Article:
“A bootlegger with gangster ‘gonnegtions’, a purveyor of sordid parties, a prime exponent of the hedonistic Jazz Age, how can Gatsby be called ‘great’? ” The title of F Scott Fitzgerald’s novel ‘The Great Gatsby’ can be seen as incredibly ironic: not only can the ‘greatness’ of the eponymous character be vehemently contested, he is not even named ‘Gatsby’. In fact, he is a criminal, James Gatz, who, although he appears to be an epitome of the idealistic American Dream, having grown from an impoverished childhood into a life of excess and splendour, he has obtained everything through crime and corruption.
Indeed, it has been said that ‘The Great Gatsby’ is “a parable of disenchantment with the ‘American Dream'”1, and it is, for the American Dream is the idea that “through hard work, courage and determination, one could achieve prosperity. ” James Gatz did not obtain his prosperous lifestyle through “hard work”, but rather through felony.
Of course, it may seem that he ‘worked hard’ for it, and there is no disputing his determination and perhaps even his courage, but the “hard work” on which the American Dream is based is not the work of criminals.
Of course, we cannot deny that Gatsby has achieved a great deal in his lifetime, all, apparently, in the name of love. Indeed the narrator of the story, Nick Carraway, describes Gatsby as having “an extraordinary gift for hope, a romantic readiness such as I have never found in any other person”, and this forms the basis of his opening argument for the greatness of Gatsby. We must, however, examine the reliability of the narrator.
Nick says himself that he is “inclined to reserve all judgement”, but then quickly goes on to say how “it has a limit”, that he cannot reserve judgement on everyone, and also that Gatsby was “exempt from my reaction”, following this with how Gatsby “represented everything for which I have an unaffected scorn”, and then his flattering description. Here we see how Nick contradicts himself. He does not reserve all judgement, in fact he makes a very quick judgement of character, and does so with naivety, some could say typical of Western America.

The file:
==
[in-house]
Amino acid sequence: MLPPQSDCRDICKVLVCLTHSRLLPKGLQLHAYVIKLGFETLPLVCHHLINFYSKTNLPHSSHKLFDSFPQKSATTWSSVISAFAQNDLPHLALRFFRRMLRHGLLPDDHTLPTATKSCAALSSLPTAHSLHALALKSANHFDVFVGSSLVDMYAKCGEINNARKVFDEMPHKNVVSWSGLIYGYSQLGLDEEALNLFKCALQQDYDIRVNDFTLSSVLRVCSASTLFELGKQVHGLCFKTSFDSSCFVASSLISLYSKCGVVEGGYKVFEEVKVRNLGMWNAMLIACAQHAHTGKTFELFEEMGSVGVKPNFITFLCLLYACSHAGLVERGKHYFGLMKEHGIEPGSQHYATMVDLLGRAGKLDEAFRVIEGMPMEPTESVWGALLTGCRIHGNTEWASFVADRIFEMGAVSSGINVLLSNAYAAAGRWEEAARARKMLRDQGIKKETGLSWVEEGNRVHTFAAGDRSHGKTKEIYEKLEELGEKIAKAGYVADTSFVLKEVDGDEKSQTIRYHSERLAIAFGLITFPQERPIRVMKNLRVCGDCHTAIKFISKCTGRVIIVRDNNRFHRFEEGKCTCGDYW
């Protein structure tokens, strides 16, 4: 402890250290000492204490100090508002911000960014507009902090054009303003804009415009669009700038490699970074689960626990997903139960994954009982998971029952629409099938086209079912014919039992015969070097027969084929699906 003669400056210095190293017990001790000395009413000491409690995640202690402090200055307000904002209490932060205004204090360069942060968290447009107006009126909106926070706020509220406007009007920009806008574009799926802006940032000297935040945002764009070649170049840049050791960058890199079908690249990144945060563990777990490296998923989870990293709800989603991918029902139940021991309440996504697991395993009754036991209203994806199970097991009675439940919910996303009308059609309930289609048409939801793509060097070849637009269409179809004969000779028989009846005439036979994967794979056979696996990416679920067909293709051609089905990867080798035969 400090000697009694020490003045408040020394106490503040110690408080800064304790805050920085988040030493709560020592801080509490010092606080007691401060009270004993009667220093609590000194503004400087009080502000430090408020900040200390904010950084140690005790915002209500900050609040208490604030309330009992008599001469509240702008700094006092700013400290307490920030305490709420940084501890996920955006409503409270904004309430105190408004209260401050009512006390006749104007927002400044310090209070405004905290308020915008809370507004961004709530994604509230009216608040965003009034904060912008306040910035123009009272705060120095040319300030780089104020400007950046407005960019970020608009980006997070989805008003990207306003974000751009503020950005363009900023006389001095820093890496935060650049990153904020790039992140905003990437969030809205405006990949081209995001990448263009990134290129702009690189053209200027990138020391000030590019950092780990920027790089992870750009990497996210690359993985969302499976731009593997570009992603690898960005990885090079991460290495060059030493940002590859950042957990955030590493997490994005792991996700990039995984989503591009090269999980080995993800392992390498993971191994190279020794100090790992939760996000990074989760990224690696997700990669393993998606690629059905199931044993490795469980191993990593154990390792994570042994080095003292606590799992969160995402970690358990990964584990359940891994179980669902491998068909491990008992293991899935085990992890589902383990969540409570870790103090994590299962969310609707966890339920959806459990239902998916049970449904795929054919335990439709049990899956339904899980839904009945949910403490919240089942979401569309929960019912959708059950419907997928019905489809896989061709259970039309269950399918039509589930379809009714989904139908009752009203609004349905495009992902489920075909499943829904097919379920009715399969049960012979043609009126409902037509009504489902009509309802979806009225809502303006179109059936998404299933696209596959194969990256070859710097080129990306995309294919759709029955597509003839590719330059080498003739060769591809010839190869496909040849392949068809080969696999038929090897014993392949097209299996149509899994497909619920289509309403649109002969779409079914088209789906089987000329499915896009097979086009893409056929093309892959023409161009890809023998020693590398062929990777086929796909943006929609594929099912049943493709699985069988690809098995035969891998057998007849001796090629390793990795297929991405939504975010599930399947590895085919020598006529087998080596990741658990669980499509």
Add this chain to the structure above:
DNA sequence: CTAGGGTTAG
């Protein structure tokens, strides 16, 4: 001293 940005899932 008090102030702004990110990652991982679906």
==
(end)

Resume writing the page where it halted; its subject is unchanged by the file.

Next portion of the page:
He appears to be taken in by Gatsby, by the glamour, the light, and the initial conception that Gatsby is an epitome of the American Dream. After all, Nick himself was incredibly isolated, even though he was in the city. He describes how “at the enchanted metropolitan twilight I felt a haunting loneliness”, how his house was “a small eyesore” next to the two huge mansions, in the “less fashionable” of the two Eggs of land on Long Island. He is incredibly isolated in this world, and so gets drawn in by Gatsby’s world; the house, the parties and the man himself:
There was music from my neighbour’s house through the summer nights. In his blue gardens men and girls came and went like moths among the whisperings and the champagne and the stars. (Chapter 3) This lavish description is an example of how Nick is taken in by Gatsby and his world. Whereas to others, these parties would be perhaps commonplace, he is in complete awe. This is evidence for Nick’s, instead of impartial, as he claims, rather subjective narration of the events that took place.
Indeed, even when he attempts to distance himself from the parties and Gatsby’s lifestyle, we are not convinced: Reading over what I have written so far, I see I have given the impression that the events of three nights several weeks apart were all that absorbed me. On the contrary, they were merely casual events in a crowded summer, and, until much later, they absorbed me infinitely less than my personal affairs. Nick experiences first-hand Gatsby’s idealistic dream of loving Daisy, and he admires this with the qualities he believes him to have.